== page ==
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Long lines of people looped back and forth throughout the auditorium, extending through the doors outside and down the sidewalk.
It was St. Boniface Church’s biggest event of the year—the 94th Annual Thanksgiving Bazaar.
Four serving lines offered a buffet-style meal of traditional Thanksgiving fare and more. The meal included turkey and dressing, original special recipe sausage, mashed potatoes and gravy, sauerkraut and ribs, cranberries, gelatin salad, corn, dinner roll and homemade pies and desserts.
The amount of food cooked and served for this year’s bazaar was astounding: 53 turkeys; 59 gallons of home-grown corn; 30 gallons of sauerkraut; 130 pounds of rib meat; 12 gallons of cranberries; four double-batches of Jell-O salad; 500 pounds of potatoes and enough gravy to accompany them; 14 batches of dressing; 588 pounds of ring sausage; 1,500 dinner buns and 1,500 pieces of dessert.
There were six varieties of pies—apple, cherry, peach, sour cream raisin, pecan and pumpkin—and numerous soft desserts.
“We need all our parish members to pull this type of an event off,” Sandy Kallhoff said.
The bazaar committee typically consists of the parish council, altar society president and vice president and a food committee.
“We have a committee meeting in late July and make final plans,” Kallhoff said. “We actually start to place orders for inventory in August, like placemats, and any supplies we need to replace, like roasters, coffee pots and silverware.”
She said the group places a grocery order with Dean’s Market on November 1 for their food supplies.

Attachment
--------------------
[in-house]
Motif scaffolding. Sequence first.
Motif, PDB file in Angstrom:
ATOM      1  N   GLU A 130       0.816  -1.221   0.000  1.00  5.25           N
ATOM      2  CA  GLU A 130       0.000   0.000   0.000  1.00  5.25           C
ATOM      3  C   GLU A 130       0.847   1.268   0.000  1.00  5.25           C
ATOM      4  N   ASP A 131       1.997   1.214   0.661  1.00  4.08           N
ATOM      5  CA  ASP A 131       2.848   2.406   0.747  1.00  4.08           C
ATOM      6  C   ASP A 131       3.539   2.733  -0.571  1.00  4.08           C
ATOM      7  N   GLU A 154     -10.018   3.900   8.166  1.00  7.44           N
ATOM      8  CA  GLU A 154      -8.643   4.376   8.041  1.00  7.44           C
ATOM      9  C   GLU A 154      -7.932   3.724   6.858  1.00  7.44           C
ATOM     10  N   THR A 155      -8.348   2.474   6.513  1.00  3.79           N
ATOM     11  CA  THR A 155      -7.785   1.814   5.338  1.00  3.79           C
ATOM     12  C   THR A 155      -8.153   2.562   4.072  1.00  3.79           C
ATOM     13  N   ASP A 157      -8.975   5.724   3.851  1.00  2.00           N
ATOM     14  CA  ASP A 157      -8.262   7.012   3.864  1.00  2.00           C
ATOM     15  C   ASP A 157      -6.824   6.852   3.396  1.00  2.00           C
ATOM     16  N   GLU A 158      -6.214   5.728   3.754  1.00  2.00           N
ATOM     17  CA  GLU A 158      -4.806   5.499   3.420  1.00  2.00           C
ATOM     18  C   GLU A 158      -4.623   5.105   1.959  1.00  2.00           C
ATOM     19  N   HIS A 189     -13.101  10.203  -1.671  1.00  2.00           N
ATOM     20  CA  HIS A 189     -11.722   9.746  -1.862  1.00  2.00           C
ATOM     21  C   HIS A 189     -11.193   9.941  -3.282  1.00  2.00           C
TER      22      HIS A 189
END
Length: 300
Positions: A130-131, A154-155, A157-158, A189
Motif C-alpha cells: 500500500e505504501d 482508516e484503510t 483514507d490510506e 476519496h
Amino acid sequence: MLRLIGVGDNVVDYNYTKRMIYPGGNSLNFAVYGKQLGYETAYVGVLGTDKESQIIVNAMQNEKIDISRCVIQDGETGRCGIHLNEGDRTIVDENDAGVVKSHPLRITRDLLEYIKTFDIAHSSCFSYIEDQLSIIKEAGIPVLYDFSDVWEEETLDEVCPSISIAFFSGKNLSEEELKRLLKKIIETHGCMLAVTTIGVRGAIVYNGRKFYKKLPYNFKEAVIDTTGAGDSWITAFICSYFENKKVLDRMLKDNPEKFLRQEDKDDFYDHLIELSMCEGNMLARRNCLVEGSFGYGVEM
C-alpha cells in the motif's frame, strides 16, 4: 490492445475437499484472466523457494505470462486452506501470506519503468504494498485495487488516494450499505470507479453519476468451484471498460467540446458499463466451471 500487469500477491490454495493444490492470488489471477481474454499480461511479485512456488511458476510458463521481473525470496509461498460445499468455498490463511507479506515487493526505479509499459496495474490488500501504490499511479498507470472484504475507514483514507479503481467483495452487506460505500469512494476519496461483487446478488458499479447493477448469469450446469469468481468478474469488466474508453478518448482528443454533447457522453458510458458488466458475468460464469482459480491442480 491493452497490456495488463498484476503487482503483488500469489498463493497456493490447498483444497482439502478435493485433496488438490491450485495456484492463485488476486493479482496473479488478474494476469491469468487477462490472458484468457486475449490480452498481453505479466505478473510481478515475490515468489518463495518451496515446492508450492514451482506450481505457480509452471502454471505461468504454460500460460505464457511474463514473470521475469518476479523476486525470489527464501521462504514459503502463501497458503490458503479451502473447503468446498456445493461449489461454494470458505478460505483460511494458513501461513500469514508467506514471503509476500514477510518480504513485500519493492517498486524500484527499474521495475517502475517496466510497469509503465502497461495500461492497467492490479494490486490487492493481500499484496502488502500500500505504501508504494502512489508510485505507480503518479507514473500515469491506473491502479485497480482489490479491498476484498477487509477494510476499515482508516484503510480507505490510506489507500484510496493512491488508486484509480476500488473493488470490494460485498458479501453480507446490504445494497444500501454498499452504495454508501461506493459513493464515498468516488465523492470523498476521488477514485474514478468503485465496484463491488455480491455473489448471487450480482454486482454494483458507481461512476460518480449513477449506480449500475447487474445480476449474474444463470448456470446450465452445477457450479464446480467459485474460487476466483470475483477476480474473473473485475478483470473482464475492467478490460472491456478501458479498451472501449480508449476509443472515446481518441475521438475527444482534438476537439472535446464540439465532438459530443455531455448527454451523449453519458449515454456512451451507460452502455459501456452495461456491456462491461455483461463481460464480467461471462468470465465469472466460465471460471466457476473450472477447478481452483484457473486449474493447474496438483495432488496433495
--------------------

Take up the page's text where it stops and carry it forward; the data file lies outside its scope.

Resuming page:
“We make the Jell-O salad and prepare the bread for the dressing on Wednesday morning,” Kallhoff said. “A shift starts Thursday morning at 5 a.m. to cook the ring sausage. Then we start preparing the food, so it is all prepared by 10:30 a.m.”
Workers are assigned to different areas and given shifts. Serving begins by 11 a.m.
“I have already seen three generations working side-by-side in the kitchen area,” she said. “We serve a buffet-style meal and we involve our students, who pour water and coffee and clear the tables.”
Spanning six generations of parishioners, the annual event has been serving the Elgin community and beyond since 1925.
“They decided to do a fundraiser for the church members,” Kallhoff said of the inaugural event. “The farmers butchered the first hogs on a farm southeast of Elgin. The farm was owned by Frederick Kerkman. I was told it turned out so well that the town wanted to attend so they opened it to the public.”
A few changes have been made through the years, including the number of meals served on Thanksgiving Day.
“Prior to 2012, we served a noon meal as well as a supper meal,” she said. “Due to a lack of workers and an aging parish, we only serve a noon meal now.”
The parish set a record in 1997 with two meals, serving 1,956 people. Since switching to just one meal, the largest number of people served was 1,555.
Between 11 a.m. and 2:30 p.m., volunteers served Thanksgiving meals to a whopping 1,325 guests this year.
That is a lot to be thankful for.